Well hello, awesome readers!
Recently, a friend asked me the following question while we were having lunch.
“You write at your job. You take on freelance writing projects. You blog. And you’re writing books. Why do you still bother with journaling? I mean, isn’t that like working in a restaurant and then going home to cook?”
“BECAUSE THE COOK STILL NEEDS TO EAT, LISA.”
That was my response. And then the waiter came over and instead of asking us for our order, he asked us to keep it down.
But now thinking back, I’m realizing that I was perhaps more philosophical than brash. While the restaurant worker needs to eat regardless of her day job (because humans are quirky that way), journaling can also be considered food. Or possibly therapy.
Every once in a while I flip through the pages of my journals. Old, tattered notebooks that I’ve been moving around with me in boxes since … several decades.
Before journals (or as I call them, “my headbooks”) I wrote my thoughts on random sheets of paper. Somehow, writing things down … putting words to feelings, helped to fill the hole in my chest that consumed my existence. Afterwards, I would rip up these sheets of paper into tiny, undecipherable pieces in case my brother went snooping in my room.
Then one day I made bold decision. I wrote my thoughts in a notebook. This was the beginning of a life-long addiction to words. That day was October 7, 1980. I was 15 years old. You can tell the notebook belonged to someone on the verge of revealing all her deep, dark secrets because it has the word “PRIVATE” written across the cover. Apparently, this was supposed to deter a brother from opening it up and reading the boringness of a 15-year old girl’s mind speak.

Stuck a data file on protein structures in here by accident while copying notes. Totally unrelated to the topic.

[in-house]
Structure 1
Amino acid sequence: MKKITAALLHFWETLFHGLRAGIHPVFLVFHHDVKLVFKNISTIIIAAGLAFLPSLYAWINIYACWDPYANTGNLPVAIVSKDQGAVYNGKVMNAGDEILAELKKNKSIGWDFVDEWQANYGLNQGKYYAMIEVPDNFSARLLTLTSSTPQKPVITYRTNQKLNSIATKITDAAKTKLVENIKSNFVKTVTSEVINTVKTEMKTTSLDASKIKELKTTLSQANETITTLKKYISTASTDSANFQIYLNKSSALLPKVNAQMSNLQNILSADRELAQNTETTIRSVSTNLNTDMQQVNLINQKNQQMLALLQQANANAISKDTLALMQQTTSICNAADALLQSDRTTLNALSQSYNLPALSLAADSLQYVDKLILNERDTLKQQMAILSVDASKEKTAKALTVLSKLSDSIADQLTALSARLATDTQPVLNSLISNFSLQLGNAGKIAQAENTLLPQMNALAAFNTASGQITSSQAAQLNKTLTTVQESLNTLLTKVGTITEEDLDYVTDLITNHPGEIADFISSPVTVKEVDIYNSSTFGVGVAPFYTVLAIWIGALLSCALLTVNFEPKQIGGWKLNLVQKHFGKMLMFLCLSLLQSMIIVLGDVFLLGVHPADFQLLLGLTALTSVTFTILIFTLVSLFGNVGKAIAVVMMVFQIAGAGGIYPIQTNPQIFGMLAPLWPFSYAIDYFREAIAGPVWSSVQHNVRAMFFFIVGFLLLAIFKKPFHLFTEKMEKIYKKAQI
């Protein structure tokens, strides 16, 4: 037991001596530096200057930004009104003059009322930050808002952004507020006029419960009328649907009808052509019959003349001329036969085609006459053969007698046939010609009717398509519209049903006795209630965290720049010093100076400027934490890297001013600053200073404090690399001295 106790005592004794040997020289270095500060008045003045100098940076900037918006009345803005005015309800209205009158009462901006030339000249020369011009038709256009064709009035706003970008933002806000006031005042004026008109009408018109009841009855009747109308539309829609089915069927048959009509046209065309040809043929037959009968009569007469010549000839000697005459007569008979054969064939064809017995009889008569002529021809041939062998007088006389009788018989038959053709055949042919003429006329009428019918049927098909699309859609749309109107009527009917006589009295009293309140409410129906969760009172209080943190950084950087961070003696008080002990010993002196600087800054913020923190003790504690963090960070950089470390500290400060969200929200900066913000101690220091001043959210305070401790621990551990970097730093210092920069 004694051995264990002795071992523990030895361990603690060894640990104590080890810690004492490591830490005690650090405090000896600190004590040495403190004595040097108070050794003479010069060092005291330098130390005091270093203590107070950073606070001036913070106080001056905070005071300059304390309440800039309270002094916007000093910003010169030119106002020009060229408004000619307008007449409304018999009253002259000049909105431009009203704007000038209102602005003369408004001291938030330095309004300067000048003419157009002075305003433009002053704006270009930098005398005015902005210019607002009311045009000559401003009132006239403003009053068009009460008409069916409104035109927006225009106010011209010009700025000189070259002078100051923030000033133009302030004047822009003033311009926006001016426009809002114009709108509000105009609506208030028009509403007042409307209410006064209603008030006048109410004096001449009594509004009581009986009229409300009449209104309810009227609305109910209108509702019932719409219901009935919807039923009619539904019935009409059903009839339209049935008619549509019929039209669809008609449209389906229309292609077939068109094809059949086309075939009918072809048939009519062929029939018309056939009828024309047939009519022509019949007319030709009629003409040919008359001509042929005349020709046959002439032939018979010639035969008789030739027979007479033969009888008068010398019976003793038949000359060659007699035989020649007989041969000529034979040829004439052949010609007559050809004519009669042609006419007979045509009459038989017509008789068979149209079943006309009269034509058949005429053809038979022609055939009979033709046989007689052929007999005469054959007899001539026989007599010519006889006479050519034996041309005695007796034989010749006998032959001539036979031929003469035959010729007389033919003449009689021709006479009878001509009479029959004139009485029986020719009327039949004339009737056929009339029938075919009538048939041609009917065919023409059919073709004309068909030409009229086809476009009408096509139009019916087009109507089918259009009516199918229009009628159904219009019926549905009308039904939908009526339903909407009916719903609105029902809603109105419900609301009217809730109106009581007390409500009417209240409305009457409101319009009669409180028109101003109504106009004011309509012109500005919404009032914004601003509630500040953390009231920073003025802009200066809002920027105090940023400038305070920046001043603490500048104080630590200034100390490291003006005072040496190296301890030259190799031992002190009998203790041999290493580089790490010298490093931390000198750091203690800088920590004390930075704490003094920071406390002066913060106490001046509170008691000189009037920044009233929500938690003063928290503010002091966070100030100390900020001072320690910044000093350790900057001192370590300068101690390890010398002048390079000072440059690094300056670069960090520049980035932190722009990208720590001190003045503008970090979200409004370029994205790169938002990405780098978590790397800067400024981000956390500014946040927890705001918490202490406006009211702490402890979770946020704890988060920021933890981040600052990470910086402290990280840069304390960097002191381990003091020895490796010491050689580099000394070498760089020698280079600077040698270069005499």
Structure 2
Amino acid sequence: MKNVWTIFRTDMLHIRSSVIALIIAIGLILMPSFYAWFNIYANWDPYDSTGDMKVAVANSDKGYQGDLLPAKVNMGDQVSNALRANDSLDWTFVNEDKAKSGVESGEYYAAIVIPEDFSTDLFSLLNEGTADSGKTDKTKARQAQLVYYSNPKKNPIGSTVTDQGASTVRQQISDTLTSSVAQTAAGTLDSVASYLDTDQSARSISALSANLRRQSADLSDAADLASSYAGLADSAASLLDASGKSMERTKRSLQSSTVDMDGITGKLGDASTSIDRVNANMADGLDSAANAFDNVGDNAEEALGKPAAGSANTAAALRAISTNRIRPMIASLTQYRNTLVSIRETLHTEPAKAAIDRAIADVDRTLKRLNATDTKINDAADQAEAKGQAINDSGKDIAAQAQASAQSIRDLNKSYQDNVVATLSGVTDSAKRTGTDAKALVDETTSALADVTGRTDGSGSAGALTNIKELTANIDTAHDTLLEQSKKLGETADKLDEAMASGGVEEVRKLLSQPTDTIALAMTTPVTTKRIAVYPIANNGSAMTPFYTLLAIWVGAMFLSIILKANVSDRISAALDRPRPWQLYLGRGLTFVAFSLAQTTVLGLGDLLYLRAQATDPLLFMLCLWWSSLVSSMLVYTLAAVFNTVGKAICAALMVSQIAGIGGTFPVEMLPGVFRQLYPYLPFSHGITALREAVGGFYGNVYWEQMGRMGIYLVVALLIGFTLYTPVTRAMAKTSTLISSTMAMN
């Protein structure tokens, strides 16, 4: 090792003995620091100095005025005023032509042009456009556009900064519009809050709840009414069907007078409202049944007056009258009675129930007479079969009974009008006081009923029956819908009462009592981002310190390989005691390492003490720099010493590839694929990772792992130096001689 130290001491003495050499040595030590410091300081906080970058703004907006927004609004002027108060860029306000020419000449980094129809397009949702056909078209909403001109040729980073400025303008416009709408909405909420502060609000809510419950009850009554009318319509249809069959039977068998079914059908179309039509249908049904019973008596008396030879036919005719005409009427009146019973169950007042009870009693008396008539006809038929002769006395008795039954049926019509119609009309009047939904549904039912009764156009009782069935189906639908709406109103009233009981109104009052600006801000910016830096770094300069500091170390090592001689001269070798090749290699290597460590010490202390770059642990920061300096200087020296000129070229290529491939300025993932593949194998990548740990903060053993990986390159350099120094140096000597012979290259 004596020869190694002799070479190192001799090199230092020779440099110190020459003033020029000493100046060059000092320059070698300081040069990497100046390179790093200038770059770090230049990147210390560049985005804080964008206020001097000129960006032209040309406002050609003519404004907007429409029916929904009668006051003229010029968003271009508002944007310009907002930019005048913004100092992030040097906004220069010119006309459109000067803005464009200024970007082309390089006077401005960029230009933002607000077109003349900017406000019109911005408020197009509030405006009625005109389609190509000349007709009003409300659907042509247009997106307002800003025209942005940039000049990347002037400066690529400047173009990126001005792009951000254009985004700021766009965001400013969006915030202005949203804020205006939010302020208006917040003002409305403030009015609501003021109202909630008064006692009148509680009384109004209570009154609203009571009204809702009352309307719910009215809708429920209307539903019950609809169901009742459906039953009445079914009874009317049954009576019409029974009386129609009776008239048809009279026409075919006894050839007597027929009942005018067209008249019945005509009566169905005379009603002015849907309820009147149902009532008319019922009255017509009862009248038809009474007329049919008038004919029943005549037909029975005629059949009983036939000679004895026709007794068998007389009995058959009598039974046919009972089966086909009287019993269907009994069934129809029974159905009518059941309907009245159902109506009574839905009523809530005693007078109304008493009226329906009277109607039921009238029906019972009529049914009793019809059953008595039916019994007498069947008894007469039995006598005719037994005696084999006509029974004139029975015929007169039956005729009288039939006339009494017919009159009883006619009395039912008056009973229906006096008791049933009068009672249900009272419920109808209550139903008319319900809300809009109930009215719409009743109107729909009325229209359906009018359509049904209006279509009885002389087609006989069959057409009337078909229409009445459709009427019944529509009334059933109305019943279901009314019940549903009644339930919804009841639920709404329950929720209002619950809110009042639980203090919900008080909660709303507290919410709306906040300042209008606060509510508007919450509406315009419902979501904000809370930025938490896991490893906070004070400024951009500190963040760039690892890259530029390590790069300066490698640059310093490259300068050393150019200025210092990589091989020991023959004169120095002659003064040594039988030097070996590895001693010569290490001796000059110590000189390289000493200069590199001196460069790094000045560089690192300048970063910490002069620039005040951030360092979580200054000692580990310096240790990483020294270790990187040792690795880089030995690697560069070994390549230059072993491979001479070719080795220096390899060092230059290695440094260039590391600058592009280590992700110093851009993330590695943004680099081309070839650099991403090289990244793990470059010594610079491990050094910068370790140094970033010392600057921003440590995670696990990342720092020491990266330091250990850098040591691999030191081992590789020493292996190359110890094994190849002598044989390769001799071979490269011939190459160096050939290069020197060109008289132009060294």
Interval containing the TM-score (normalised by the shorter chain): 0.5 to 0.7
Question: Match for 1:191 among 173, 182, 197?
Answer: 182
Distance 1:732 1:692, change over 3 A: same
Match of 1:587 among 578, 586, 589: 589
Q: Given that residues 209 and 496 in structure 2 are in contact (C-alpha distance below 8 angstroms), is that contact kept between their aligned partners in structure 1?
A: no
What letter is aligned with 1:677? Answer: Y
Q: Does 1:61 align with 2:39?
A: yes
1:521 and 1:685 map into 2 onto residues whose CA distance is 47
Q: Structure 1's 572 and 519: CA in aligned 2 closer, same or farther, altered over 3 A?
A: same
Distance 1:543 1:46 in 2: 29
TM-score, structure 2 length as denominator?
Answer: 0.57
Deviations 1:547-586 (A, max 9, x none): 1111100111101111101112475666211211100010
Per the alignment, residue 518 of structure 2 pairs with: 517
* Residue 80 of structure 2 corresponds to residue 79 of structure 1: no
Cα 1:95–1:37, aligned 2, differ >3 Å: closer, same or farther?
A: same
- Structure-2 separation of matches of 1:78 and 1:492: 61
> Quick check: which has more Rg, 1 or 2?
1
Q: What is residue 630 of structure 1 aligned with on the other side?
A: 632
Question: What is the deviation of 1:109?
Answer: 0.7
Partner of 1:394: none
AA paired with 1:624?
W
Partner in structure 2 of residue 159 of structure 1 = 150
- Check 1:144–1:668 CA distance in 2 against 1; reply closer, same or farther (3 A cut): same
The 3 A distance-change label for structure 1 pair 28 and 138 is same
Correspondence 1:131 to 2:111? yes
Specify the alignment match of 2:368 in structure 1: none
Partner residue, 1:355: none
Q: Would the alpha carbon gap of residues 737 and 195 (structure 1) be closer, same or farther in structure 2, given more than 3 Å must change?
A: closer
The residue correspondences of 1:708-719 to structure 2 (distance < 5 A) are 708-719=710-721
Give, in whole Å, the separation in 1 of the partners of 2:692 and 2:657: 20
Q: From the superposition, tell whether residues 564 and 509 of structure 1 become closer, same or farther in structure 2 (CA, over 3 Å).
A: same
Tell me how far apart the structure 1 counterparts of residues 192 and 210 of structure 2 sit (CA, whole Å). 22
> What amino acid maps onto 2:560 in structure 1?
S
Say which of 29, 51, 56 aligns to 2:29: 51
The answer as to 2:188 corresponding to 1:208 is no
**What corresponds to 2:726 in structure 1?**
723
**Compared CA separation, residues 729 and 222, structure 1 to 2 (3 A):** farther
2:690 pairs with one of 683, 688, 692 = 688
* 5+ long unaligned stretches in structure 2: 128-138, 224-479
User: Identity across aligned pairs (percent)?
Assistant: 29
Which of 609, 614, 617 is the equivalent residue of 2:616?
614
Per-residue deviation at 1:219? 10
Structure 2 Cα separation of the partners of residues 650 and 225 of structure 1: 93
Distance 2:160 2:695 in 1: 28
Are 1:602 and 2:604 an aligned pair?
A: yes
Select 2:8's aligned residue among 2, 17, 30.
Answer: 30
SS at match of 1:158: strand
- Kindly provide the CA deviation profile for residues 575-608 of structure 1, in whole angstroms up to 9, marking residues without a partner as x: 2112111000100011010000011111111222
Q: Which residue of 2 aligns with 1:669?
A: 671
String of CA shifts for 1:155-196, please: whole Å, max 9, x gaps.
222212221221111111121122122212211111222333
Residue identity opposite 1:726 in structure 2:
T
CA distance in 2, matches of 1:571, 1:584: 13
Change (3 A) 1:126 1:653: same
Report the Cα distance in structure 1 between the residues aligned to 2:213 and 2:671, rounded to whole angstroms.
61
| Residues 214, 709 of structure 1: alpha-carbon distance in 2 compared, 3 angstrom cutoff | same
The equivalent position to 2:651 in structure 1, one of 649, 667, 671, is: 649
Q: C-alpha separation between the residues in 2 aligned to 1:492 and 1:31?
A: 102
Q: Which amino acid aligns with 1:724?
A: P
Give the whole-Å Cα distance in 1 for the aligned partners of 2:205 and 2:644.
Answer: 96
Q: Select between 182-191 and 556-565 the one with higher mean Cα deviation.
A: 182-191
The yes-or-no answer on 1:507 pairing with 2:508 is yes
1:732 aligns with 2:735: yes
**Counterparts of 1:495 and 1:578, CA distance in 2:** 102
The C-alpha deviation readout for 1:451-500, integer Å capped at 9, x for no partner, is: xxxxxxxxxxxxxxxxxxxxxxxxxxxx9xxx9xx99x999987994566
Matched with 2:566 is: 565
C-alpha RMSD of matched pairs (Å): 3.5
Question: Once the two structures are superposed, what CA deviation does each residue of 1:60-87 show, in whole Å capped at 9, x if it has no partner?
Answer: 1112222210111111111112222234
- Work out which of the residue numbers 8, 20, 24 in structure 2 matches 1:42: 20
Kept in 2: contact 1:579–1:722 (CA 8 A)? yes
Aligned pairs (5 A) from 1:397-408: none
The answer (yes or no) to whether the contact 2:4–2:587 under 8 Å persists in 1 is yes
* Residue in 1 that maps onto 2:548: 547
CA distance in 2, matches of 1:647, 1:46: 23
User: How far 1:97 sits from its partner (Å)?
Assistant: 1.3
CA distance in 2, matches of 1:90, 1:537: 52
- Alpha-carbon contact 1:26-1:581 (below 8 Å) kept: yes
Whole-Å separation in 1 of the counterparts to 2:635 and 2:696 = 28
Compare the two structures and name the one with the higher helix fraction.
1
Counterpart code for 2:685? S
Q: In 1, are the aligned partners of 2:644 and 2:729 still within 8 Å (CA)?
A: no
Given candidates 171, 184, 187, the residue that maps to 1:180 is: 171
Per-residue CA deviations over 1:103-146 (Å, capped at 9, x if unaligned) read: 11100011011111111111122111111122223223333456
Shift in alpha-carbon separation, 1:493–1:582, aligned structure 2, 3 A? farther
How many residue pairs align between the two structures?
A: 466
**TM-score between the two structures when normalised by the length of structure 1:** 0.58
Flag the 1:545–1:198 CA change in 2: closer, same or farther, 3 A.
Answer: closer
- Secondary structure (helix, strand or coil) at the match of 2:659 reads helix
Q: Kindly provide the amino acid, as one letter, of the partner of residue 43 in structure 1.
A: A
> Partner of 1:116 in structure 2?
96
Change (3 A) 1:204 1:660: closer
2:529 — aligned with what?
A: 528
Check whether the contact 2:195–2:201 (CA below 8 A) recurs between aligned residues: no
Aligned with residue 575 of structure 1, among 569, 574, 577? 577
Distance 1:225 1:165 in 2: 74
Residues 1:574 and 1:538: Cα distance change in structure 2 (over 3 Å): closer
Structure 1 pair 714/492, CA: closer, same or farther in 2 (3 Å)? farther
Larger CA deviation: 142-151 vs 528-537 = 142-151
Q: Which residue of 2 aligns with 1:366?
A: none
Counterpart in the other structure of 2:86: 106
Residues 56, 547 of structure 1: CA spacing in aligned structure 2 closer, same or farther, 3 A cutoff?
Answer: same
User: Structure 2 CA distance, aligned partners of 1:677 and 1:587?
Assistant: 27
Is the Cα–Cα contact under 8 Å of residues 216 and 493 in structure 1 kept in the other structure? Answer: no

I still journal. Headbook number one and headbook number current represent the bookends of a growing middle. And in this middle sits a living, breathing, encyclopedia of words and emotions. Pages and pages (and pages!) filled with frustration and sadness; disappointment and joy; anger and disbelief; gratitude and questions. All driven by a yearning to write about the specifics of a day. Or an urge to express the question and exclamation marks that howl like wolves on a full moon in the quietest corners of a mind and heart. The pages make up a lifetime of sentiments.
I notice different handwritings, yet know they’re all mine. On some pages, the letters swirl angled to the left. On pages of other books, the swirls are angled to the right. And then there are “those” pages. The ones where the angle is missing altogether with words written in a vertical position, as though reaching for a higher understanding. A child-like attempt at self-discovery; or possibly invention.
The pages look like accents that you try on after watching a foreign movie, indicating an uncertainty of who I was or where I fit in this world.
Throughout the years and pages, the variety of random angles have given way to a handwriting that is unintentional yet deliberate. This in itself, without the words, tells a subtle story of a coming-of-age. Although there will always be questions and holes to fill.
And that is precisely the purpose of journaling. To answer the questions that fill our minds and satisfy the holes that define our broken pieces.
Crap. And now I want to write an entire book on this.
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